Ireland // The Midlands: Westmeath, Longford, Offaly and Laois //

Belvedere House

Set in lush cattle-country, MULLINGAR, the county town of Westmeath, holds little of interest for visitors, except as a base for visiting Belvedere House, a Georgian mansion in a lovely setting on Lough Ennell.

The house stands in abundant gardens 5km south of Mullingar on the N52. The house was built in the 1740s by Richard Castle as a hunting lodge for Robert Rochfort, later the first Earl of Belvedere, the so-called “Wicked Earl”, whose main pastime seems to have been making life hell for his wife and brothers. In 1743 he falsely accused his wife Mary of having an affair with his brother Arthur and imprisoned her for the next 31 years at their nearby main residence, Gaulstown. It was only when the Earl died that she was released by their son, whom she no longer recognized. Meanwhile, the Earl had successfully pressed charges of adultery against Arthur, who, unable to pay the damages of £20,000, lived out his days in debtors’ prison.


The house itself, which commands beautiful views of the lake, has been painstakingly restored and authentically refurbished by Westmeath County Council. It holds some gorgeous fireplaces of carved Irish oak with Italian marble insets, but is most notable for the exquisite craftsmanship of its rococo ceilings, the work of a French stuccodore, Barthelemij Cramillion. Look out especially for the vivid depictions of the Four Winds, a fire-breathing dragon and a horn of plenty in the dining room, while the library, intended for night-time use, features sleeping cherubs wrapped in a blanket of clouds, a crescent moon and stars, and on the cornice a swirl of flowers with their heads closed.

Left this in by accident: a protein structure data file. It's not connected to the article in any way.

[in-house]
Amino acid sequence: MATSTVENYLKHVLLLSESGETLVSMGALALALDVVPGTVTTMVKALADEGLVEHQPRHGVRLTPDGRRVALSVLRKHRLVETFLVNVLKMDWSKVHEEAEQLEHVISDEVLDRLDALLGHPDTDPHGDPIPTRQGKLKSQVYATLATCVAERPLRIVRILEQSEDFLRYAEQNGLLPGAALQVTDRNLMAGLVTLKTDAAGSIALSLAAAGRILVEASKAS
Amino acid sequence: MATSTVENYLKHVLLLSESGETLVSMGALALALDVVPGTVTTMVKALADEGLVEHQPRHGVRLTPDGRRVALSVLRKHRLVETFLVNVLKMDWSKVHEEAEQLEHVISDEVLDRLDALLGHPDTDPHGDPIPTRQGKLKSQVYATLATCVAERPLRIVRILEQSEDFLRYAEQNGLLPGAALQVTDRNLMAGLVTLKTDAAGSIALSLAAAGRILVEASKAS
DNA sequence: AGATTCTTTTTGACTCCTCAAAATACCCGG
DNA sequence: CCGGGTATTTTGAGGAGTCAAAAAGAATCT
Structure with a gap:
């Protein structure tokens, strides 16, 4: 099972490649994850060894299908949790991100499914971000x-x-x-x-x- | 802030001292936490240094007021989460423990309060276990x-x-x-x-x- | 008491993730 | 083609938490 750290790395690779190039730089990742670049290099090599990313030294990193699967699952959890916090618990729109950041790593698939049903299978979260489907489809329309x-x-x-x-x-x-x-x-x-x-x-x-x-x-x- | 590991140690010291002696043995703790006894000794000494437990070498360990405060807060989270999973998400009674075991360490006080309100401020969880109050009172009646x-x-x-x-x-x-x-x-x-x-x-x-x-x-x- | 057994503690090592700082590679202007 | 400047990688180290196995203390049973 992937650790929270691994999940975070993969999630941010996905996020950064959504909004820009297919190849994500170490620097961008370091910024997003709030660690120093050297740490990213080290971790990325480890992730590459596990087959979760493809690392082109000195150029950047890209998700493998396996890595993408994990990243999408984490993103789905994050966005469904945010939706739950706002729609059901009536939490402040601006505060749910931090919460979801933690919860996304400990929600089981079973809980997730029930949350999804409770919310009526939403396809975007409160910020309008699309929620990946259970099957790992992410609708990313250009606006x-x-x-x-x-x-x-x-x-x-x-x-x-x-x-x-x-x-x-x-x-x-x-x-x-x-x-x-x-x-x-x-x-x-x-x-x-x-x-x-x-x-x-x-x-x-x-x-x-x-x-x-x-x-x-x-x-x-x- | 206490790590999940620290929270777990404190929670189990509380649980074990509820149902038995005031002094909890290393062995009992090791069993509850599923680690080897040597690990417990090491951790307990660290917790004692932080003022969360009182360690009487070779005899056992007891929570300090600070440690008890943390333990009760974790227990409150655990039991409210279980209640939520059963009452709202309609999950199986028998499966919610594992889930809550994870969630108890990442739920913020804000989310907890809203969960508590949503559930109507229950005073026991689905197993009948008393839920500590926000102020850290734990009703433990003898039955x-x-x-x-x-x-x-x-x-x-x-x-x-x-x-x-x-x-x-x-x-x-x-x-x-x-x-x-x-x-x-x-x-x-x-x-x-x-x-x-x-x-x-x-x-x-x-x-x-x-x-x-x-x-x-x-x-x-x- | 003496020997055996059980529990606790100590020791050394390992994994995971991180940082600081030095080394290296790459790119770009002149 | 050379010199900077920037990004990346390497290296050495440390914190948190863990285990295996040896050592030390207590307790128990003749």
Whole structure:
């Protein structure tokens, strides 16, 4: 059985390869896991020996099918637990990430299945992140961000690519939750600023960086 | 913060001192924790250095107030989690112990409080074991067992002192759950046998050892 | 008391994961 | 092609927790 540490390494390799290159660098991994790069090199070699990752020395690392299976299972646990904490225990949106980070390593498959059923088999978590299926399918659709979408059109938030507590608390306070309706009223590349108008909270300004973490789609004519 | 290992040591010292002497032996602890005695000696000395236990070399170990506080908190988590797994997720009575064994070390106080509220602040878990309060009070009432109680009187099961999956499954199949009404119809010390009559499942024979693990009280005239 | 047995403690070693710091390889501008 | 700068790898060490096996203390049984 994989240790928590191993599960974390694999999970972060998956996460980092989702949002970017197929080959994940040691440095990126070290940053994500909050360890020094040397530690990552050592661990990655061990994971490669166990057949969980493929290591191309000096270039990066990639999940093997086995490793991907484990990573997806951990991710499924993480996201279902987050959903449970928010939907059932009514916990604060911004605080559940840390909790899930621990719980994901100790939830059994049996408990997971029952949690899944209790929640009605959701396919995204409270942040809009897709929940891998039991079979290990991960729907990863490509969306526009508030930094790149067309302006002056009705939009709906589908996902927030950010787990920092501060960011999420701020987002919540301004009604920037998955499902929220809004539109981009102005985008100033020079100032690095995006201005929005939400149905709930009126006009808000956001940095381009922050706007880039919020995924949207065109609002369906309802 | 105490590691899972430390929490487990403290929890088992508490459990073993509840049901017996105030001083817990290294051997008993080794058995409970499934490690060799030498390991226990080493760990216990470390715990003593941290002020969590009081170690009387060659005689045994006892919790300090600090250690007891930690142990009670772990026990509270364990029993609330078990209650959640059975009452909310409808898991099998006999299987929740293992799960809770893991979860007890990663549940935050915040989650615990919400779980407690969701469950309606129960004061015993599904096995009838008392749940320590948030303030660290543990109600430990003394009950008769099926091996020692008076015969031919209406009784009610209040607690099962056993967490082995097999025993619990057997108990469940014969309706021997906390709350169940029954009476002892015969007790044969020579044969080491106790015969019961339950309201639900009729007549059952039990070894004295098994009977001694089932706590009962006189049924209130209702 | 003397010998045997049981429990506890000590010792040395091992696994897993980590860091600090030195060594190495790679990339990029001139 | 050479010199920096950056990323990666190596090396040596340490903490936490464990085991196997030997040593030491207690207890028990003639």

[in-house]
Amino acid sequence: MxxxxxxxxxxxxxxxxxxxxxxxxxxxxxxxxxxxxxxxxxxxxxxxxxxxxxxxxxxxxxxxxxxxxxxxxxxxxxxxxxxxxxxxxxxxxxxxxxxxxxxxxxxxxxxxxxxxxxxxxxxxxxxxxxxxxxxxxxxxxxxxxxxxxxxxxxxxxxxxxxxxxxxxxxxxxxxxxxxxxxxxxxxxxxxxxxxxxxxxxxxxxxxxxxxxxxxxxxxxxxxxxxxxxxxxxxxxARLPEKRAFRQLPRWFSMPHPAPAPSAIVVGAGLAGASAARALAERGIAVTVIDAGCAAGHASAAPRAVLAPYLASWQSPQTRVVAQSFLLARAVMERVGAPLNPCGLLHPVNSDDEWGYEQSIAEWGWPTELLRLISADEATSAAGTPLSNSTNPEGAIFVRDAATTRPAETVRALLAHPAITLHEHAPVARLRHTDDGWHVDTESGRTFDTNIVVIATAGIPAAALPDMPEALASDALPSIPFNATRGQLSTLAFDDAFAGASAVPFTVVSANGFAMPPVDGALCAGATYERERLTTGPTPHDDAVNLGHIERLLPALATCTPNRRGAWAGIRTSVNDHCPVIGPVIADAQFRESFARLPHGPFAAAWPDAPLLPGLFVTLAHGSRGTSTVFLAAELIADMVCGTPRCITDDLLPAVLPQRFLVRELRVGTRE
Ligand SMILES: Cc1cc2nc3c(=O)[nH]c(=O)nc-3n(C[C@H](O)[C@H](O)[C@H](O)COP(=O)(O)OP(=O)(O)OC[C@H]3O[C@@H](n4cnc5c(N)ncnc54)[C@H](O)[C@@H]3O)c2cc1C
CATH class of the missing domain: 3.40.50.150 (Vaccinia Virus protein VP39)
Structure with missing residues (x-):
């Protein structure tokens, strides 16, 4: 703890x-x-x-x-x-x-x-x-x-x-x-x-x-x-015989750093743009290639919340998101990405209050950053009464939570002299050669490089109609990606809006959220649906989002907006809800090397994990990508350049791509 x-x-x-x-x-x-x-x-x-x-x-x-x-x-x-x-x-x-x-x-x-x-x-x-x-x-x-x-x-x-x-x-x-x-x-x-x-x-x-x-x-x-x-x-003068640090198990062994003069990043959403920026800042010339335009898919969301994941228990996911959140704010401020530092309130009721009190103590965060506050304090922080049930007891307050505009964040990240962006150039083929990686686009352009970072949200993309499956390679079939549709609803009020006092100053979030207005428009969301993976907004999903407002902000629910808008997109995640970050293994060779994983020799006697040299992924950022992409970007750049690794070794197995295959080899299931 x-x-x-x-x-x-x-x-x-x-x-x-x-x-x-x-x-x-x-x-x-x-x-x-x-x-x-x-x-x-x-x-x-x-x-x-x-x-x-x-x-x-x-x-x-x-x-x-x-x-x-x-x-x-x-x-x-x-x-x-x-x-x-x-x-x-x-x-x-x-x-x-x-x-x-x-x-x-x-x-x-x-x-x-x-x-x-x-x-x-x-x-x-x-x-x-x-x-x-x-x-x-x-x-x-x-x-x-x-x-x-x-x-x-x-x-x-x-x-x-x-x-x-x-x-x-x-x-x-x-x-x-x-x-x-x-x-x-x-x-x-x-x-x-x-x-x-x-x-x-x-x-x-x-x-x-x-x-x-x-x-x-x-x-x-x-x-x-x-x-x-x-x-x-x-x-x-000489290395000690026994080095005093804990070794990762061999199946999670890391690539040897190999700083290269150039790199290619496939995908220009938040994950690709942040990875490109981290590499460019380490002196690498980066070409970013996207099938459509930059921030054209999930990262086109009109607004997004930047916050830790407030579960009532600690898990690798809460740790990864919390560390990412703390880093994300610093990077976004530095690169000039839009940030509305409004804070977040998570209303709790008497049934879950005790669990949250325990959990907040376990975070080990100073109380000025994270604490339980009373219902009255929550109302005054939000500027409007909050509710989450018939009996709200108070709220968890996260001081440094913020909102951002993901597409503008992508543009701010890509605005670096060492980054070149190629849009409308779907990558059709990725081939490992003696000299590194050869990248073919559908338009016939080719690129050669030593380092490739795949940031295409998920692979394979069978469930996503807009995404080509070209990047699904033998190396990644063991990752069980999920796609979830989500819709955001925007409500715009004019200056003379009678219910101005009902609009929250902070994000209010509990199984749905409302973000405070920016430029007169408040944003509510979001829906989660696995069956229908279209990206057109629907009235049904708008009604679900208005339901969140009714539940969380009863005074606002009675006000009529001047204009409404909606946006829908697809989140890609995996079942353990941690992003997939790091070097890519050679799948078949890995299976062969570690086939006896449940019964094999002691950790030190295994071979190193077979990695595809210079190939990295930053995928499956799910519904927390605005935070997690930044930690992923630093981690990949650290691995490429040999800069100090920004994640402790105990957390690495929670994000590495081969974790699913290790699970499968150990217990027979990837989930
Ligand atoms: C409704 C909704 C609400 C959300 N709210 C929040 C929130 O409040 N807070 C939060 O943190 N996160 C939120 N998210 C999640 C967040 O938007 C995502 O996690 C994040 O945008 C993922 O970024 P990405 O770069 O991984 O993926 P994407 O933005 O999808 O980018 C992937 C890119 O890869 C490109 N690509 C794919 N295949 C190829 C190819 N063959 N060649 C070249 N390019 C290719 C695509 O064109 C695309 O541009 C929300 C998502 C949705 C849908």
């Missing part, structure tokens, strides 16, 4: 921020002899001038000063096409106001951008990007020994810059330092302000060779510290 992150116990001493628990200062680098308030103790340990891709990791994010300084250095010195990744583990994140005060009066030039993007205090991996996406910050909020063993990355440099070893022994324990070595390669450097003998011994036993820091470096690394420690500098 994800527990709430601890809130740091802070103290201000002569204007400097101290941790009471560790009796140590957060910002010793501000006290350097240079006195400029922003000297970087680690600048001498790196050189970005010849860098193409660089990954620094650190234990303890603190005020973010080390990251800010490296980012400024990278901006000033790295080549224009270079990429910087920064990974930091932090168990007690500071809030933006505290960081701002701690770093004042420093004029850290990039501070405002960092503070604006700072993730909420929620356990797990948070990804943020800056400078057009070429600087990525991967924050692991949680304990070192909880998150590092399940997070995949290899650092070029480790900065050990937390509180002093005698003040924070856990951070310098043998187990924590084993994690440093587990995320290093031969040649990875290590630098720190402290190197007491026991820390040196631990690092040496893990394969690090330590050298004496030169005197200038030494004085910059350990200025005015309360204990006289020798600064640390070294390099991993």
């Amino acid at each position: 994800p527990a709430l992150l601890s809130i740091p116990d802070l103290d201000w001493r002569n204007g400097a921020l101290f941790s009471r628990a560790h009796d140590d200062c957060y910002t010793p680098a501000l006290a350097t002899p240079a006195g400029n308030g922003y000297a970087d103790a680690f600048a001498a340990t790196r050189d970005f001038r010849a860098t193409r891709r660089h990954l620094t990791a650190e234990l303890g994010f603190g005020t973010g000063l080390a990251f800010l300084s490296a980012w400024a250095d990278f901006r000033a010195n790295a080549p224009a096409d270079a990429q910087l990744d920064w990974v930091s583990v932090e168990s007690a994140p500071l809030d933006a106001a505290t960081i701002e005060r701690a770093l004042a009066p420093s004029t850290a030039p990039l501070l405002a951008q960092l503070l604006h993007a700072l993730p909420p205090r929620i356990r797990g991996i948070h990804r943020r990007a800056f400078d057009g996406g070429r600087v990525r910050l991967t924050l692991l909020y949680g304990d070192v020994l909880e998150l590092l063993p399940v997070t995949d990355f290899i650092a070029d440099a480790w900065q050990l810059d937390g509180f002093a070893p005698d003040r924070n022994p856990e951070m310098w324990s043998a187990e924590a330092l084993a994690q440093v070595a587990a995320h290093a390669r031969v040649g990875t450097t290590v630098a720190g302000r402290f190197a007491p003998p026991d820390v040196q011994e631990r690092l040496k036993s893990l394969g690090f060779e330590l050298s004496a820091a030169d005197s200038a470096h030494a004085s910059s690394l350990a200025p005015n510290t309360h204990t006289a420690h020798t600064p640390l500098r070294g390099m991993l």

A feud between Robert Rochfort and his other brother George was behind one of the gardens’main sights, the Jealous Wall. When George commissioned Richard Castle in the 1750s to build Tudenham House, a much larger mansion than Belvedere, just a kilometre away, the Earl of Belvedere spent £10,000 building this huge Gothic folly, three storeys high and nearly 60m long, just to block the view. Other features include a Victorian walled garden, enclosing an unusual collection of Himalayan plants, playgrounds for kids and a café in the old stable block by the entrance. Or you can just take a stroll around the extensive woodlands and lawns: the 45-minute Earl’s Trail, for example, will take you along the lakeshore and back, past an octagonal gazebo, a folly known as the Gothic Arch and a restored ice-house.

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